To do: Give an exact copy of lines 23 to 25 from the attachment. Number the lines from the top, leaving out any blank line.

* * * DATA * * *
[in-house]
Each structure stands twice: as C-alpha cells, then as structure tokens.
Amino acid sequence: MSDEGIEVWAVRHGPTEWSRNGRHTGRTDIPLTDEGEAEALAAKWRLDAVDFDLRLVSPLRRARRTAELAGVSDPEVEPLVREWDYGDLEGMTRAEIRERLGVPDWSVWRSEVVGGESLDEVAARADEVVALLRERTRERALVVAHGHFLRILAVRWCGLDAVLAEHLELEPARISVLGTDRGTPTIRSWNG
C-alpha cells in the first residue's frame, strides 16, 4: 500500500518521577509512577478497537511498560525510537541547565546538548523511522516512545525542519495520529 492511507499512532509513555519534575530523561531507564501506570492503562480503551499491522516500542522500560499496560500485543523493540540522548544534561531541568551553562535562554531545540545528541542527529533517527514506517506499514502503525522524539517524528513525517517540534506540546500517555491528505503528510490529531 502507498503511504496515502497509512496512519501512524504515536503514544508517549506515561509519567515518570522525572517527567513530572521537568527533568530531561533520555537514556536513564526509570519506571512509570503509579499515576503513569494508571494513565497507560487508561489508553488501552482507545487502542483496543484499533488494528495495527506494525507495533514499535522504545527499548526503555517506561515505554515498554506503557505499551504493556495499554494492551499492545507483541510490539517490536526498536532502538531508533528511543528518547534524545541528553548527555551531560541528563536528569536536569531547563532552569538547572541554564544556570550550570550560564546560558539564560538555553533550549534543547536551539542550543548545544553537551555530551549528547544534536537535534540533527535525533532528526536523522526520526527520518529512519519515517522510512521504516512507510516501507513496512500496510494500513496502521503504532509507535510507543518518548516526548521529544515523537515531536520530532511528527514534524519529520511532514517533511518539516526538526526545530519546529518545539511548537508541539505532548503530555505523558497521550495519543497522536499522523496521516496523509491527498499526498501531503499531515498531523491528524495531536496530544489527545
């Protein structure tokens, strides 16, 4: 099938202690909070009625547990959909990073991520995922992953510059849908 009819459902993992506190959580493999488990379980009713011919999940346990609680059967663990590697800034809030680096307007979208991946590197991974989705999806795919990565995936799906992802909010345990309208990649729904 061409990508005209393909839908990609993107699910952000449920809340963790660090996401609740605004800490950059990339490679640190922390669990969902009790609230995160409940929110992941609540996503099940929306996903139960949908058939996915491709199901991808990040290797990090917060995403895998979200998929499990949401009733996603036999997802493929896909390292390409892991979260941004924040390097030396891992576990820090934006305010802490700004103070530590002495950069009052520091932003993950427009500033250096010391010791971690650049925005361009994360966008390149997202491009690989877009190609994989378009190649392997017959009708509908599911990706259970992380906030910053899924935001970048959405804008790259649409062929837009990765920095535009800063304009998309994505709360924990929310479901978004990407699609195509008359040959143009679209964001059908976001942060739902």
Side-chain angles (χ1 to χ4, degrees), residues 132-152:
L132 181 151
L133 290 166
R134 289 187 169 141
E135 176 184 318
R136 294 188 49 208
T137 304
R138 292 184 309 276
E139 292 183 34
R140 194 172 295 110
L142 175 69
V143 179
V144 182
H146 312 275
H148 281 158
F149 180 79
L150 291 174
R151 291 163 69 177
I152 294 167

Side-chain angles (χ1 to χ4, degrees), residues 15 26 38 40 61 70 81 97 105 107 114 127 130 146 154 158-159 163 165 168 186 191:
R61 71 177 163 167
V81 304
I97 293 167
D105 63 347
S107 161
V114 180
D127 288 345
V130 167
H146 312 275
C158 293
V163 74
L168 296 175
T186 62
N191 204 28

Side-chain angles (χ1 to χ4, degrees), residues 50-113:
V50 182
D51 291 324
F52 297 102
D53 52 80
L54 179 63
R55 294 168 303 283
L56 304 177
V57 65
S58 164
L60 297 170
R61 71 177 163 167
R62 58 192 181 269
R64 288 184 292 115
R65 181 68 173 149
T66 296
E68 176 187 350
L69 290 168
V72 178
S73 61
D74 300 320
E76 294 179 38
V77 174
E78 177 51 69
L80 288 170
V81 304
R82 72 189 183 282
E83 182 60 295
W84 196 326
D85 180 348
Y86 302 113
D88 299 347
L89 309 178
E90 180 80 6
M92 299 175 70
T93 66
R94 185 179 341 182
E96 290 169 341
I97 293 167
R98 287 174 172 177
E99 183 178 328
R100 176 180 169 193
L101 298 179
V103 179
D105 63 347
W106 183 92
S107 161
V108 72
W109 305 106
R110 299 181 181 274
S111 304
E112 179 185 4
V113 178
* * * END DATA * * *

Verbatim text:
R151 291 163 69 177
I152 294 167

Side-chain angles (χ1 to χ4, degrees), residues 15 26 38 40 61 70 81 97 105 107 114 127 130 146 154 158-159 163 165 168 186 191: